Air Force Offers Help to Military Families Hurt by New States’ Anti-LGBTQ Laws

In an incredibly unusual move, the Air Force wants to let its hundreds of thousands of employees know that it will provide families with medical and legal assistance if they are personally affected by new state laws that attack children. homosexuals and transgenders.

And if these service members feel they must leave these states altogether, for the sake of the mental or physical health of their children, the Air Force will also assist them in doing so.

The Air Force is the only branch of the US military to do so. Its leaders briefed staff late last month, both internally and A press releasethat they have several resources available to them if they need help navigating state anti-LGBTQ laws that may harm their families.

Specifically, Air Force leaders tell service members that military medical facilities are available to provide mental health support to them or their children should they need it at following new laws in states like Florida, where schools are banned from discussing gender identity or sexual orientation, or Texas, where the governor orders state officials to investigate parents of transgender children for child abuse.

They also tell service members that military legal personnel are available to provide free counseling to families trying to understand their legal protections in states targeting gay and transgender children.

The largest Air Force base in the world is also in Florida: Eglin Air Force Base.

“The health, care and resilience of our [Air Force] personnel and their families is not only our top priority – it is critical to our ability to accomplish the mission,” Air Force Undersecretary Gina Ortiz Jones said in a statement. “We are closely following state laws and legislation to ensure that we prepare for and mitigate the effects on our Airmen, our caretakers and their families. Medical, legal and various aid resources are available for those who need them.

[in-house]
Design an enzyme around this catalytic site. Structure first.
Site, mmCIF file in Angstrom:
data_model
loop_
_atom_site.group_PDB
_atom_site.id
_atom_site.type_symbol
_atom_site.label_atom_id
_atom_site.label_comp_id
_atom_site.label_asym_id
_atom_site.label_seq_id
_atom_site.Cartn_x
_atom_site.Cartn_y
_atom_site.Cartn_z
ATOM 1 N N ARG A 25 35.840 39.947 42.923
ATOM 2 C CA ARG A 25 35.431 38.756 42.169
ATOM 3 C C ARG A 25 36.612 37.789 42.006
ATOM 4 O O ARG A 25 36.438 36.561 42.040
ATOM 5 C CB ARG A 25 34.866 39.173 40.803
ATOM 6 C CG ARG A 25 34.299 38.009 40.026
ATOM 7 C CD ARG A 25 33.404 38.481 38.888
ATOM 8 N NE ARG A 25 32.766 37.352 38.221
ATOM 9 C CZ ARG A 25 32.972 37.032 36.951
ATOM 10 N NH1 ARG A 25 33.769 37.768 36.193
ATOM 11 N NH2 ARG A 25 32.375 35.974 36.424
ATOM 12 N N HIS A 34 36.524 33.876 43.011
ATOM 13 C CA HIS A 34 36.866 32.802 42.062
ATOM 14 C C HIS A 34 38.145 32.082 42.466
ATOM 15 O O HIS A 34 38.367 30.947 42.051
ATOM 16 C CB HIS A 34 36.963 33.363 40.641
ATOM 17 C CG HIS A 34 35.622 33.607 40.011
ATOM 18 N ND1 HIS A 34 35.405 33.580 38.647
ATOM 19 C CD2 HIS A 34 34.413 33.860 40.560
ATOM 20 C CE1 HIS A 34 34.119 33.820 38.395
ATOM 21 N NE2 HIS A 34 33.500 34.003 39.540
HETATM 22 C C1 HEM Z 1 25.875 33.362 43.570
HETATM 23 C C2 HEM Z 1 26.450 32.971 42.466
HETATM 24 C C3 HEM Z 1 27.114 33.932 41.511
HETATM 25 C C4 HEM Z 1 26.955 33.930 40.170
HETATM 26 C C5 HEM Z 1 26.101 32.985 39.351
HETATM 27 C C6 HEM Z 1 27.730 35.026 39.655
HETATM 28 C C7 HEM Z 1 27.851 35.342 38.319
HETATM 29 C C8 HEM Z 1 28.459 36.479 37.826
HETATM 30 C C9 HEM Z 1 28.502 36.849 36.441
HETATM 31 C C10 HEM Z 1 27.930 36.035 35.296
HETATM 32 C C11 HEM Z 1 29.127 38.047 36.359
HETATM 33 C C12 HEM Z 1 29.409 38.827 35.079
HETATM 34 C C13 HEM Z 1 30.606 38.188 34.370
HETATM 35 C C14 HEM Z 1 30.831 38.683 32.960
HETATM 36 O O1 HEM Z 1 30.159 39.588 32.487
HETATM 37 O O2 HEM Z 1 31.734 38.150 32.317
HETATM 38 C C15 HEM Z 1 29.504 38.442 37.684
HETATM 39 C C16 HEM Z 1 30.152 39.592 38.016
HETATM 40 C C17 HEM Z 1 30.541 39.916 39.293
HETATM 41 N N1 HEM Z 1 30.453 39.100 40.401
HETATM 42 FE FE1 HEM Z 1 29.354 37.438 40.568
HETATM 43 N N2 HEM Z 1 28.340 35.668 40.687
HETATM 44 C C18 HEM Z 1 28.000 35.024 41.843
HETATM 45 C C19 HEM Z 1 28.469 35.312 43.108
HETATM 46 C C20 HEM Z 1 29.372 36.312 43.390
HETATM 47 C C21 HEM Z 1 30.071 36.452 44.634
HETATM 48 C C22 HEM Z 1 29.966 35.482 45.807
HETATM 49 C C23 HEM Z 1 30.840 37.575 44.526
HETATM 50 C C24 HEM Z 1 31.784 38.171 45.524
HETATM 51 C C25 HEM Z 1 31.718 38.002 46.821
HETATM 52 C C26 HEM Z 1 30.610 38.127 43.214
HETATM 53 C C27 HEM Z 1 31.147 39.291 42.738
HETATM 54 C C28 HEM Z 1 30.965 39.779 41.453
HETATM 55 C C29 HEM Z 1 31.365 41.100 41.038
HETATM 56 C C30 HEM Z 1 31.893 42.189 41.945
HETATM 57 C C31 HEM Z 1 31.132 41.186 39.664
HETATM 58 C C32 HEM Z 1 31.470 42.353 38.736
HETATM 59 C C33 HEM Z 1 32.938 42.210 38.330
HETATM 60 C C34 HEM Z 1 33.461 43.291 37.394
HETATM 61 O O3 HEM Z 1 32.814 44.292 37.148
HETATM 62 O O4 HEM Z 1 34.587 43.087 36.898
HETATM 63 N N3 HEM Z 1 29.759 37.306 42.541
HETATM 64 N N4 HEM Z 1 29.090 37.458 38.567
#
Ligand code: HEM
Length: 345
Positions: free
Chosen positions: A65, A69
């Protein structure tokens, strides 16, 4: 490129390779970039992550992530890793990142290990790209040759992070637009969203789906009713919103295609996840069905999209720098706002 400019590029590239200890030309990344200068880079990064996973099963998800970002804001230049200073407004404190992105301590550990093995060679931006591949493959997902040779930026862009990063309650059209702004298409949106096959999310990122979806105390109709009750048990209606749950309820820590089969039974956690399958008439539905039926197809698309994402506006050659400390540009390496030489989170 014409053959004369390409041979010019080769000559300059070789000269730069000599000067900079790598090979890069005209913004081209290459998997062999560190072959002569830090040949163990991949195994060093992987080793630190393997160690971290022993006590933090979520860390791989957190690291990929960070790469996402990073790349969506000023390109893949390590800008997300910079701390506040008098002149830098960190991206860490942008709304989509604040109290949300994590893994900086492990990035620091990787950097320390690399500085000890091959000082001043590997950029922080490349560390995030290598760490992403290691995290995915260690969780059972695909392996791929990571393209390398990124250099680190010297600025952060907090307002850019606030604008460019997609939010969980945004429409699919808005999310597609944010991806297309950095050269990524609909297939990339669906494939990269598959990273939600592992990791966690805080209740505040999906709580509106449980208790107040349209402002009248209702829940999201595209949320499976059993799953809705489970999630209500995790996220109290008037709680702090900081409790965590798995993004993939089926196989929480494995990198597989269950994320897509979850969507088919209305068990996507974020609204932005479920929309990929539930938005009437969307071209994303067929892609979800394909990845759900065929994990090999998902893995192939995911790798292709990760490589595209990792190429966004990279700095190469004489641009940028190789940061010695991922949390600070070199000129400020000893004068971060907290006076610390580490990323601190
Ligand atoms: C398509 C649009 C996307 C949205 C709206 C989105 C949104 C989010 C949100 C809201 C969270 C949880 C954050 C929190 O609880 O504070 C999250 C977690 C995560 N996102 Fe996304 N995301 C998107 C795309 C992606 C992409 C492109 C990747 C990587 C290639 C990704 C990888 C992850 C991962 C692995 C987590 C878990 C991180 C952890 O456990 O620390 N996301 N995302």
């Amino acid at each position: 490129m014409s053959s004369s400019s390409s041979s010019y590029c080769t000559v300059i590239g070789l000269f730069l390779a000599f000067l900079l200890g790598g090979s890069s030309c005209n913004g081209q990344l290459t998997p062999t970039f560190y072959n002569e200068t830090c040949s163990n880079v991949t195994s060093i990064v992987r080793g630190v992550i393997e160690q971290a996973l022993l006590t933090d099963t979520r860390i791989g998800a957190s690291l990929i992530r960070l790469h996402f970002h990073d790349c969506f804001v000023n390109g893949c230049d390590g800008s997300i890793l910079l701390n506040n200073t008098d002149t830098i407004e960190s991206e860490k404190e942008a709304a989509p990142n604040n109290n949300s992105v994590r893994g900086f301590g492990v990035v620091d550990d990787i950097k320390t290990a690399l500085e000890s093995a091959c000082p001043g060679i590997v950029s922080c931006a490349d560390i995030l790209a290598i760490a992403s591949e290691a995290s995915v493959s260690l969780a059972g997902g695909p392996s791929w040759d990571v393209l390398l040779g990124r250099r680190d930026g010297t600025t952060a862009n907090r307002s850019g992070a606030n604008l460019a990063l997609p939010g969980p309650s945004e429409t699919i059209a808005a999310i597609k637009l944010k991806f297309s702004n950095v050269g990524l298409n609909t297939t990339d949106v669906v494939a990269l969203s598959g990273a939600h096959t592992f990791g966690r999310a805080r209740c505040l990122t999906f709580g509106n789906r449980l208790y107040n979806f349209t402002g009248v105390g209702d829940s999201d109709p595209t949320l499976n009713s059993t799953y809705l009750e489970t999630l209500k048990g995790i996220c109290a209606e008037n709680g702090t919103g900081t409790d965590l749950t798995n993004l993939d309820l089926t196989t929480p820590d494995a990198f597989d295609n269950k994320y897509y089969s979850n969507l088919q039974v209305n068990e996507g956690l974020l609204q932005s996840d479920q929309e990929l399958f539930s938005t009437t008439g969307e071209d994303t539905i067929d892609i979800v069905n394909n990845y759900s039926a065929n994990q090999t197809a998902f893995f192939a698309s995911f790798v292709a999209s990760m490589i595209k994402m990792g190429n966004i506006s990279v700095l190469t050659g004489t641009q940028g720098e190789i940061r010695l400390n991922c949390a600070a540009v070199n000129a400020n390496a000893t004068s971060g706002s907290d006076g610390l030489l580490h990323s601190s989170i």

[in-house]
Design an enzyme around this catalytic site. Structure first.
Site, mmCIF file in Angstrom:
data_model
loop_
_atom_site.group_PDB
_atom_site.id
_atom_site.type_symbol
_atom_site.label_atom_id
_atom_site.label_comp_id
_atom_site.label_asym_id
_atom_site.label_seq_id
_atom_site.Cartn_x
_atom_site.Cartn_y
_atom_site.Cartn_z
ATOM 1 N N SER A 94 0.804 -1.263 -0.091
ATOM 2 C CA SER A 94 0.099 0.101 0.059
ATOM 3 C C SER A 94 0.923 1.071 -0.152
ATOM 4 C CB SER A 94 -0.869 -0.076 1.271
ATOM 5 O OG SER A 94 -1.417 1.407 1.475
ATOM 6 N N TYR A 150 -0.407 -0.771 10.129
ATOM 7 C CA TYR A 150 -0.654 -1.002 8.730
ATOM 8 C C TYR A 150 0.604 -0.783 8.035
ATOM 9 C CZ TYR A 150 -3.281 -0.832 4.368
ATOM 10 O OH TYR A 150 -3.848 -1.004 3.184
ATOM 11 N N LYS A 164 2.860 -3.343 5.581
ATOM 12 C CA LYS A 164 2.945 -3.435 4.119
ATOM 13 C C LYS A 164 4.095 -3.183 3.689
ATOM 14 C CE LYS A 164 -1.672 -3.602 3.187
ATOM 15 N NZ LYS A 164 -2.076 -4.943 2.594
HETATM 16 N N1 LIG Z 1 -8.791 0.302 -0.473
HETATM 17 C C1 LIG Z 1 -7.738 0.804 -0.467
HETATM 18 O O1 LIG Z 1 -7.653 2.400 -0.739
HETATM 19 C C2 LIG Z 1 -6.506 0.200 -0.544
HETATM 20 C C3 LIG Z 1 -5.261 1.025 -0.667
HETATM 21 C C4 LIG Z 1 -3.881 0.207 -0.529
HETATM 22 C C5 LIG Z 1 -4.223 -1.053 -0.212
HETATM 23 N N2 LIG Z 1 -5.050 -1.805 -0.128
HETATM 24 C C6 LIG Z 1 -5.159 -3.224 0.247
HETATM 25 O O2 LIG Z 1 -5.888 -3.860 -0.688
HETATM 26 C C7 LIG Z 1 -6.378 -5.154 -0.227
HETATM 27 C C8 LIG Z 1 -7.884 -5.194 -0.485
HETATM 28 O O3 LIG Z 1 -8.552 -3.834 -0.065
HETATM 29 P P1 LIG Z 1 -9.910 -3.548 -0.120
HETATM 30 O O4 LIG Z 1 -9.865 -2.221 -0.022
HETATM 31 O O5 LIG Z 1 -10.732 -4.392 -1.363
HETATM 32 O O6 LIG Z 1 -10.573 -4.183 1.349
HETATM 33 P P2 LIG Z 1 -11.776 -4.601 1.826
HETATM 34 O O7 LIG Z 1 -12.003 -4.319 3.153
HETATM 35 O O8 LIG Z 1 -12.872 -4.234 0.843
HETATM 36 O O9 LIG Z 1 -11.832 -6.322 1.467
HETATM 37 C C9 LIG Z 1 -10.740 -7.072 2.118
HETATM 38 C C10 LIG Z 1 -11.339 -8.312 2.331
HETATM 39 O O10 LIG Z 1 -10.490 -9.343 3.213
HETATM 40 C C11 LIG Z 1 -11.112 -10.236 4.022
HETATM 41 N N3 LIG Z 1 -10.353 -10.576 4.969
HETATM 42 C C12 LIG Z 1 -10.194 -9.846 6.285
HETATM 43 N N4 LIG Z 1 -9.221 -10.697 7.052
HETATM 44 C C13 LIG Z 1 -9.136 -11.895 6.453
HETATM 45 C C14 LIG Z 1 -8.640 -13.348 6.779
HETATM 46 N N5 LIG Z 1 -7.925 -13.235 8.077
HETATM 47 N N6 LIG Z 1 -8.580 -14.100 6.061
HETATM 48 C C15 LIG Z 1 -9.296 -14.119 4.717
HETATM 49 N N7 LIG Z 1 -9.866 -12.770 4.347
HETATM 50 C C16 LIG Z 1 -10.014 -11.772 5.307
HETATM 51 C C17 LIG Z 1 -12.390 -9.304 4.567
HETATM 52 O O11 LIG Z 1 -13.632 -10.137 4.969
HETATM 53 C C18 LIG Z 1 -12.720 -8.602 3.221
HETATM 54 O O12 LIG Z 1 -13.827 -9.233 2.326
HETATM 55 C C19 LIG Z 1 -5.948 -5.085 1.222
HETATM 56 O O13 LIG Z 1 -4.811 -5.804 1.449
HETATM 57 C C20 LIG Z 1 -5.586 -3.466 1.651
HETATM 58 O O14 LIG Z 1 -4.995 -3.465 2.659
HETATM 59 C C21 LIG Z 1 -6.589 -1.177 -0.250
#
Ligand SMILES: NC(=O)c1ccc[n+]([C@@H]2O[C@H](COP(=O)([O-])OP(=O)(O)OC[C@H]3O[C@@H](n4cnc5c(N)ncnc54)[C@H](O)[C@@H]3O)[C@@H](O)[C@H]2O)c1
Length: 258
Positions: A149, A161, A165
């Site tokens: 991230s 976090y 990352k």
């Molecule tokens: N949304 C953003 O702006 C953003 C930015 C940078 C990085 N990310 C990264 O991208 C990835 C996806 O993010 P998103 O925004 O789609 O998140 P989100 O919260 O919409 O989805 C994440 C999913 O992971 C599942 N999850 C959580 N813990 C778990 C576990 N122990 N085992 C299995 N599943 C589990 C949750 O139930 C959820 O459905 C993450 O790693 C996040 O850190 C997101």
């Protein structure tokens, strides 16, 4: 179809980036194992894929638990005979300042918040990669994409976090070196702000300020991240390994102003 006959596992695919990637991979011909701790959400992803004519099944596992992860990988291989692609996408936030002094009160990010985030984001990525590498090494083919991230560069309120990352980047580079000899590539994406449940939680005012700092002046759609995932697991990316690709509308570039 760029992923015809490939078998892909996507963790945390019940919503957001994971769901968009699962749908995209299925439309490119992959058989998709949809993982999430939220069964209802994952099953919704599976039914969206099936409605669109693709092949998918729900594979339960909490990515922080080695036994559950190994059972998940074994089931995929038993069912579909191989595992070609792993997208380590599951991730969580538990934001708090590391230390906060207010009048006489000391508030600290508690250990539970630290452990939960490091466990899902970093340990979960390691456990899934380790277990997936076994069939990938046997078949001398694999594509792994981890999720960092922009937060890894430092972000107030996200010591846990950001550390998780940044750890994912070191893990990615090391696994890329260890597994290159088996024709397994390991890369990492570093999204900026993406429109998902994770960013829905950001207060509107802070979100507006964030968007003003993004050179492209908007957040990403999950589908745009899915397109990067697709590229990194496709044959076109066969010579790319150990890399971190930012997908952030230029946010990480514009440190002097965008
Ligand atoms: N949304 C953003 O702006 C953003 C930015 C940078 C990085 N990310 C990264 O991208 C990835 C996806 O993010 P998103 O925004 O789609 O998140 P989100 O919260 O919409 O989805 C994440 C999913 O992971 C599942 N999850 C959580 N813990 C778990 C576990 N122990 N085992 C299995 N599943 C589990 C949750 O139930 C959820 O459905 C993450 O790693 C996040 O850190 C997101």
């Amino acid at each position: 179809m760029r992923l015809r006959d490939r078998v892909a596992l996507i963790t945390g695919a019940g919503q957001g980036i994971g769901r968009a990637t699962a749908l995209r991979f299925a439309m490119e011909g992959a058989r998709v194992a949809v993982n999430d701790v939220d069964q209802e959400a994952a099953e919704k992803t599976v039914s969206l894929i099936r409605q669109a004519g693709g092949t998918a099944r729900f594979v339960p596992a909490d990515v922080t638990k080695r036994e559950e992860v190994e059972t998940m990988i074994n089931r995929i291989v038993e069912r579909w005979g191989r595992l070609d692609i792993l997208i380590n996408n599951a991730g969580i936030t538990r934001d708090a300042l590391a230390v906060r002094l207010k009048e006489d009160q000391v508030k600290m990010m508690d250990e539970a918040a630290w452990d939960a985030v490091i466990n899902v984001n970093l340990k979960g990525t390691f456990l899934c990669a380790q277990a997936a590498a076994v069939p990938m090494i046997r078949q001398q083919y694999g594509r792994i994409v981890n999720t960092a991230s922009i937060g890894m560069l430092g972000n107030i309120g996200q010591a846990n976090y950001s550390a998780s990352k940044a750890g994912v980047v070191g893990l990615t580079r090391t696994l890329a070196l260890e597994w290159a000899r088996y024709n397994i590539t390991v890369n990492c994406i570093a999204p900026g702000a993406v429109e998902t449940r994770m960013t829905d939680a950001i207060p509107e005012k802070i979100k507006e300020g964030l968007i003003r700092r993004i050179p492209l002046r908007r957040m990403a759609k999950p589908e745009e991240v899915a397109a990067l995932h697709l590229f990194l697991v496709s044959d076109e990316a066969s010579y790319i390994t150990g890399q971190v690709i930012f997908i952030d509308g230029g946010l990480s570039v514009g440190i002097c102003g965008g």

Air Force leaders also tell personnel they can build on an existing program, the Exceptional Family Members Program, if they need to be reassigned to another state with a safer environment for their family. or their LGBTQ child. This type of transfer could apply, for example, to an Air Force member stationed in Texas and raising a transgender child who needs gender-affirming treatment like hormone therapy.

“As is the case with all members of our family, if the support a family member needs becomes unavailable, commanders can work to get the service member to a posting where their loved ones can receive the care they need. they need,” Jones said.

“The health, care and resilience of our [Air Force] personnel and their families is not only our top priority – it is critical to our ability to accomplish the mission,” said Air Force Undersecretary Gina Ortiz Jones.

Quarterly Congressional Bulletin via Getty Images

It’s a surprisingly bold move by Air Force leaders, despite the fact that it hasn’t garnered much press attention beyond Federal News Network. report it late last month. As part of the federal government, the Air Force has no right to interfere with state laws. But it’s clear its leaders are concerned that the recent wave of anti-LGBTQ laws and guidelines could harm the health and well-being of Air Force families based in those areas.